PHY 1150
Chapter 14; Waves and Sound | ToC, Waves and Sound | Return to Calendar | D14.1 What is the wavelength of a 50 Hz wave when the wave speed is 340 m/s ?

v = f  = v / f  D14.2 Consider a 9.0 m cable with a mass of 5.4 kg. When the cable is struck, a pulse moves down the cable and back in 0.6 s. What is the tension in the cable?    T = v2 (m/L) = (30 m/s)2 (0.6 kg/m)
T = 540 N

D14.3 Sketch the progression of two pulses shown here. The "top" one is moving to the right and the "bottom" one is moving to the left. Each pulse moves at 10 cm/s.           D14.4

Sketch the progression of two pulses shown here. The "short" one is moving to the right and the "tall" one is moving to the left. Each pulse moves at 10 cm/s.      D14.5 The A string on a violin is tuned to a fundamental frequency of 440 Hz. List the overtones that may be present in the audible range of frequencies. f1 = 440 Hz 1 = (1/2) L n = (1/n) 1

or
fn = n f1

f1 = 440 Hz
f2 = 880 Hz
f3 = 1 320 Hz
f4 = 1 760 Hz
f5 = 2 200 Hz
f6 = 2 640 Hz
f7 = 3 060 Hz
f8 = 3 520 Hz
f9 = 3 960 Hz

etc
f45 20 000 Hz will be near or beyond the range of hearing.

D14.6 A guitar string 0.70 m long is tuned to play A at 440 Hz whe its full length vibrates. Where should a finger be placed in order to play C at 524 Hz?

The velocity of the wave on the string is given by

v = f  /2 = 0.70 m = 1.4 m
v = (440 Hz) (1.4 m)
v = 616 m/s  /2 = 0.588 m
That is, your finger should be placed so the string that vibrates is 0.588 m (or 0.59 m) long.

D14.7 A demonstration is carried out with the apparatus shown here. A mass is suspended on one end of a string (so the tension in the string is the weight of the mas, mg). The string is then run over a pulley and attached to a small-amplitude 60-Hz oscillator. As additional masses are placed on the end, standing waves appear. The distance between pulley and oscillator is 2.4 m. That amoun of string has a mass of 45 g. How much mass is supported when the standing wave -- with three "loops" -- shown in the diagram is produced?  /2 = 2.4 m / 3 = 0.80 m = 1.6 m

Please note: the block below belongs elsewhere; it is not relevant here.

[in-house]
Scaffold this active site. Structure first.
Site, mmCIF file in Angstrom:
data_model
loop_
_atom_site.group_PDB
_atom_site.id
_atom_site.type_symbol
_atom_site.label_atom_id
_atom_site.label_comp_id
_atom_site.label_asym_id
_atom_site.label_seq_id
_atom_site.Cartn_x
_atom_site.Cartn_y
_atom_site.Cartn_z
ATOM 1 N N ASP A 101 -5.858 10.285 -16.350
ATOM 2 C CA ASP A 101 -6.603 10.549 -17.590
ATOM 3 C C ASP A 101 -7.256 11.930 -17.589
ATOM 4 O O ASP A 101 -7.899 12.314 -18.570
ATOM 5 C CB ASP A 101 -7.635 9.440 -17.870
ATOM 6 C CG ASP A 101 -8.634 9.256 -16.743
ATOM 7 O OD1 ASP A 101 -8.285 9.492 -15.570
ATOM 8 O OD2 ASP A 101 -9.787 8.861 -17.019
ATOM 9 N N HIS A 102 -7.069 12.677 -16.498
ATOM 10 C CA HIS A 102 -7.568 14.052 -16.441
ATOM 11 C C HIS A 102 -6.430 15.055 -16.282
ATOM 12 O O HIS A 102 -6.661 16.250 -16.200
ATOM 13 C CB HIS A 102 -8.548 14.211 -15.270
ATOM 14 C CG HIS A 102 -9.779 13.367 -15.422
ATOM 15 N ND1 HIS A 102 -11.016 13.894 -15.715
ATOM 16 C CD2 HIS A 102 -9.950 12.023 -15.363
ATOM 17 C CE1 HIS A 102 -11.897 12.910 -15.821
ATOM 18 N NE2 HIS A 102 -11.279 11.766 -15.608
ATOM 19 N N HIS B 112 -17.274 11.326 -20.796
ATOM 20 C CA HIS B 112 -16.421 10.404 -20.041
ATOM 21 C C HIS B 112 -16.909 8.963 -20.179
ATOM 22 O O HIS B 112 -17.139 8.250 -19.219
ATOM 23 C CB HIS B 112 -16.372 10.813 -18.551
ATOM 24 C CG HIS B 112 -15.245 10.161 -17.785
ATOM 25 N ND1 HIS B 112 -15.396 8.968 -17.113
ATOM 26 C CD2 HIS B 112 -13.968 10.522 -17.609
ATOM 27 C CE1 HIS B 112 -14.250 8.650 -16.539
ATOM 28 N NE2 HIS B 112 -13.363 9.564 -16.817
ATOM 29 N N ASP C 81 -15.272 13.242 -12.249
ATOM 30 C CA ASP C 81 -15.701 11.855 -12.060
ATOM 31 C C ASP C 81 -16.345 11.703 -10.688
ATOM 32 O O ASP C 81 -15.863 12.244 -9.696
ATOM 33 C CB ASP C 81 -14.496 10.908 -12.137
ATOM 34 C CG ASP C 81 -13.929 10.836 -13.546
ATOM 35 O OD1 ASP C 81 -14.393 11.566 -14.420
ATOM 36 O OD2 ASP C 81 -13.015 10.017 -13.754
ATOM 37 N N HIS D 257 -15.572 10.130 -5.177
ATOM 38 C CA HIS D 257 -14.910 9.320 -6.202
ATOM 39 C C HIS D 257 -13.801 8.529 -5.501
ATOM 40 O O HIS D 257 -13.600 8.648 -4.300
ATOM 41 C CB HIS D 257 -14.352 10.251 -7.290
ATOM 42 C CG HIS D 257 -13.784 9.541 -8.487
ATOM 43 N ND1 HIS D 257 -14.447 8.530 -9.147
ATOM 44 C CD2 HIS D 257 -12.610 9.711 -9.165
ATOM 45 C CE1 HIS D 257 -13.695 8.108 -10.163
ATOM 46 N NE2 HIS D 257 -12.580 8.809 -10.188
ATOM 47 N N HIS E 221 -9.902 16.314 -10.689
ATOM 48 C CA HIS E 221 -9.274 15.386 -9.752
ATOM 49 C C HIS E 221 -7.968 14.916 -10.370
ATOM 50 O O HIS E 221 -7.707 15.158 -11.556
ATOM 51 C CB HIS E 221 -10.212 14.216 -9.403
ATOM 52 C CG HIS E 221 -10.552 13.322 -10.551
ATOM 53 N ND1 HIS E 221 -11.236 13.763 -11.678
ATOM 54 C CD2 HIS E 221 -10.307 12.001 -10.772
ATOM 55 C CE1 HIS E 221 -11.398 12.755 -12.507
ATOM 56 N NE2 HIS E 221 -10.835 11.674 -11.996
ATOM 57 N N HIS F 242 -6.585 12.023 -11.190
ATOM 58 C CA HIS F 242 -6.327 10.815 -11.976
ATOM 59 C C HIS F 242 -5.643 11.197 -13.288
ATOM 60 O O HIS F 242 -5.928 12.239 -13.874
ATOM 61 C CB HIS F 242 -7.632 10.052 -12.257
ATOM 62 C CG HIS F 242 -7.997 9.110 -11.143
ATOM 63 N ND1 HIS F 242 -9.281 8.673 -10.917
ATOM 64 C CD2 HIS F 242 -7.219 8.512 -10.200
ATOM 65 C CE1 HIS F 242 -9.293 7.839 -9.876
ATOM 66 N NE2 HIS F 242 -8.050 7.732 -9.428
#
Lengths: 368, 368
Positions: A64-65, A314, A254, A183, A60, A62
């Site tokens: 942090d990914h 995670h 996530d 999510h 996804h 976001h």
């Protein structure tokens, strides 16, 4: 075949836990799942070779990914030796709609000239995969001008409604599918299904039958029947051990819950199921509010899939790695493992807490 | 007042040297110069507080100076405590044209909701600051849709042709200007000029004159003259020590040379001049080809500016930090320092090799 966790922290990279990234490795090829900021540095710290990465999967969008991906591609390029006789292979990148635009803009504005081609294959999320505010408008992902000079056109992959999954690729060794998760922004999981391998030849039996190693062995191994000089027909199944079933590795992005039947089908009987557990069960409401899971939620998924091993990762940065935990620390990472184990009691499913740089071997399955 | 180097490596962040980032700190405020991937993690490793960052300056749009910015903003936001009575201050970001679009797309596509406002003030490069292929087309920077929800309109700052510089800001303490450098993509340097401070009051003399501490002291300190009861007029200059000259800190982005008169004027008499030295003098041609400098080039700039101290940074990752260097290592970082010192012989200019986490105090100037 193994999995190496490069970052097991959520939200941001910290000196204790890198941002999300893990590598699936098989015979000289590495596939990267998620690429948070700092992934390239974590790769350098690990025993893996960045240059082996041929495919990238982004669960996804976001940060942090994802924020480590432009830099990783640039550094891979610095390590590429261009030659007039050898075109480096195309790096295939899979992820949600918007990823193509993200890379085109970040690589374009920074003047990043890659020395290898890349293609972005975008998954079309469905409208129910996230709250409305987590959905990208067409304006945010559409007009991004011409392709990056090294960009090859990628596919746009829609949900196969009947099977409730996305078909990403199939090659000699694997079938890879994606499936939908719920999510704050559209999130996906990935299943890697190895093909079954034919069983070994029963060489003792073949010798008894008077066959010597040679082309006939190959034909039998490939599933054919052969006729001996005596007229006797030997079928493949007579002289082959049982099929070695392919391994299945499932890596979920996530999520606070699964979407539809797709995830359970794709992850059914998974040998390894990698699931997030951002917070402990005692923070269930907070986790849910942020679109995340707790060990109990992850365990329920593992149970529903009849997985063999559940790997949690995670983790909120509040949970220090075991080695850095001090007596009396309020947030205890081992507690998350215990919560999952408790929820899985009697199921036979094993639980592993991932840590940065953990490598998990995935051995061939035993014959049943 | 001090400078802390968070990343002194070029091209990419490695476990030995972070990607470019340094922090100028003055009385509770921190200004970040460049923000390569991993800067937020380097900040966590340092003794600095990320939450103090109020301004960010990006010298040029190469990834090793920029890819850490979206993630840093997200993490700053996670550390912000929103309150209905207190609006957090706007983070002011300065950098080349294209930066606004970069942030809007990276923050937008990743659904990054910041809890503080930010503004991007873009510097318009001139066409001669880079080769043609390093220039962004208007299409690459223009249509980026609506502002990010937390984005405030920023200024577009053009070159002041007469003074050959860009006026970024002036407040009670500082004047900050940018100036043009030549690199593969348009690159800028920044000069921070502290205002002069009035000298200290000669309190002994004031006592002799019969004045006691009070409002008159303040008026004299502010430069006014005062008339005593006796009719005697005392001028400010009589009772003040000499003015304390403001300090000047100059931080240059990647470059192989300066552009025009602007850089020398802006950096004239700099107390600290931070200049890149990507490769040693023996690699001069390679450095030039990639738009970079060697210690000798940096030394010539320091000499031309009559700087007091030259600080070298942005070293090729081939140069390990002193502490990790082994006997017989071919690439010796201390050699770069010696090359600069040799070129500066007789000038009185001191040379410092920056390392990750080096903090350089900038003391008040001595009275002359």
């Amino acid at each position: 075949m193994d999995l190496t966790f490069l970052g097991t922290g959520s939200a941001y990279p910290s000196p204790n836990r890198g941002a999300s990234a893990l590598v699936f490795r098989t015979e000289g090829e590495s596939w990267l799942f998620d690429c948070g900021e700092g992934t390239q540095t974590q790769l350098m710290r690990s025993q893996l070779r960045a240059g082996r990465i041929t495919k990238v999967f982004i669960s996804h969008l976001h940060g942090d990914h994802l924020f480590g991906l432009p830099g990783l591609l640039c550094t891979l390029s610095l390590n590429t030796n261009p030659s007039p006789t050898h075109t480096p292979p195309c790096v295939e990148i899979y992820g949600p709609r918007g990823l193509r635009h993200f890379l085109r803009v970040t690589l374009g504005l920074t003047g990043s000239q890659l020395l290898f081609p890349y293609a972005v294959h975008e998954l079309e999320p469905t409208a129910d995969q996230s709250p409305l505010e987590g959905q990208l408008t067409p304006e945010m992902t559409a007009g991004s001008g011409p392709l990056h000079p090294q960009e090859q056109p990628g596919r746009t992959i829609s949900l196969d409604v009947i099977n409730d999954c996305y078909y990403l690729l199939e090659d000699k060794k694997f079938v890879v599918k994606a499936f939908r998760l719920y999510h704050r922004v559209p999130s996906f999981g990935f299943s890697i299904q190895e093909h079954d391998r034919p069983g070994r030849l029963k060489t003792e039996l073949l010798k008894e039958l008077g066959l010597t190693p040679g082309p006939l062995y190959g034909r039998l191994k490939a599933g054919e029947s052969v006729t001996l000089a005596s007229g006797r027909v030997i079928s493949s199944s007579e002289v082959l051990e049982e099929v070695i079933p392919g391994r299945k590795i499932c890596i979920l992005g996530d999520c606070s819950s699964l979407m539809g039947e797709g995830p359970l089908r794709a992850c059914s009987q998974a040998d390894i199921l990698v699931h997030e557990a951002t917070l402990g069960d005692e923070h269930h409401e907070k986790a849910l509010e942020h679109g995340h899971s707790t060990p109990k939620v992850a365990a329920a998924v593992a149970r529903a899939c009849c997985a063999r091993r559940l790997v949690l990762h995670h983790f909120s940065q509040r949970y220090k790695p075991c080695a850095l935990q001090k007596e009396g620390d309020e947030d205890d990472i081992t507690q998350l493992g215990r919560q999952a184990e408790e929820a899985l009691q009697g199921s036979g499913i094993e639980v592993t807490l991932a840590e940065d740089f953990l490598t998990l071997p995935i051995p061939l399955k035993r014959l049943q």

f = 60 Hz = 60 (
1/s)
v = f = (60/s) (1.6 m) = 96 m/s  T = v
2 (m/L) T = v
2 (m/L) = (96 m/s)2 (0.01875 kg/m) = 172.8 N
T = m g
m = T/g = (172.8 N ) / (9.8 m/s2)
m = 17.6 kg

D14.8 With the string and arrangement shown in the problem above, what hanging mass is necessary to produce a standing wave of five "loops" if the distance from pulley to oscillator remains at 2.4 m? /2 = 2.8 m/5 = 0.56 m = 1.12 m
f = 60 Hz = 60 (
1/s)
v = f = (60/s) (1.12 m) = 67.2 m/s  T = v
2 (m/L) T = v
2 (m/L) = (67.2 m/s)2 (0.01875 kg/m) = 84.67 N
T = m g m = 8.64 kg

D14.9 An organ pipe open at one end and closed at the other is 1.0 m long. What is its fundamental frequency? What is its first overtone frequency?  1 = 4.0 m
v = f   The next overtone is such an open pipe -- exactly like the resonance tubes we use in the lab -- has (3/4) of a wavelength.
( 3/4 ) 2 = 1.0 m 2 = 1.33 m D14.10 A ringing tuning fork is held above a tube in a Physics experiment. The tube is filled with water whose level can be altered easily, thus changing the length of the column of air below the tuning fork. As the water level is lowered, lengthening the column of air, an increase in loudness is noted when the water is 0.120, 0.360, and 0.600 m from the top of the tube. Assume the speed of sound in air is 345 m/s. What is the frequency of the tuning fork?

This one should be (very) familar!

( 1/2 ) = 0.600 m - 0.360 m = 0.360 m - 0.120 m = 0.240 m = 0.480 m
v = f  D14.11 What is the speed of sound in air on a very hot summer day when the temperature is 42o C?

v = [331 + (0.60)(42)] m/s

v = [331 + 25] m/s
v = 356 m/s

D14.12 A train whistle sounds at 500 Hz. What frequency is heard by a stationary observer when the train approaches at 25 m/s? When it moves away at 25 m/s?

What frequency is heard by a moving observer as she approaches the stationary train at 25 m/s? As she moves away from the stationary train at 25 m/s?

Take the speed of sound in air to be 340 m/s.  f ' = (500 Hz) (1.079) = 540 Hz f ' = (500 Hz) (0.932) = 466 Hz f ' = (500 Hz) (1.074) = 537 Hz f ' = (500 Hz) (0.926) = 463 Hz

D14.13 A stationary train engineer sounds his own engine's horn, which has a frequency of 550 Hz, as another train passes. He notices a beat frequency of 2 Hz both as the train approaches and as it departs. What is the speed of the moving train? Take the speed of sound in air to be 340 m/s. f = 550 Hz
v = 340 m/s
v
obs = 0
v
s = ? (we are looking for the velocity of the source).

A beat frequency of 2 Hz means the frequency heard from the moving train's horn must be different from 550 Hz by 2 Hz. Therefore, for the approaching train, the frequency heard must be 552 Hz, and for the train going away, the frequency heard must be 548 Hz.  340 = (1.0036)(340 - v
s) = 341.236 &endash; 1.0036 vs
1.0036 v
s = 1.236   340 = (0.9964)(340 + v
s) = 338.764 + 0.9964 vs
0.9964 v
s = 1.236 Remember, however, the "beat frequency of 2 Hz" is stated to only one significant figure. We are unjustified in keeping three significant figures in our answers.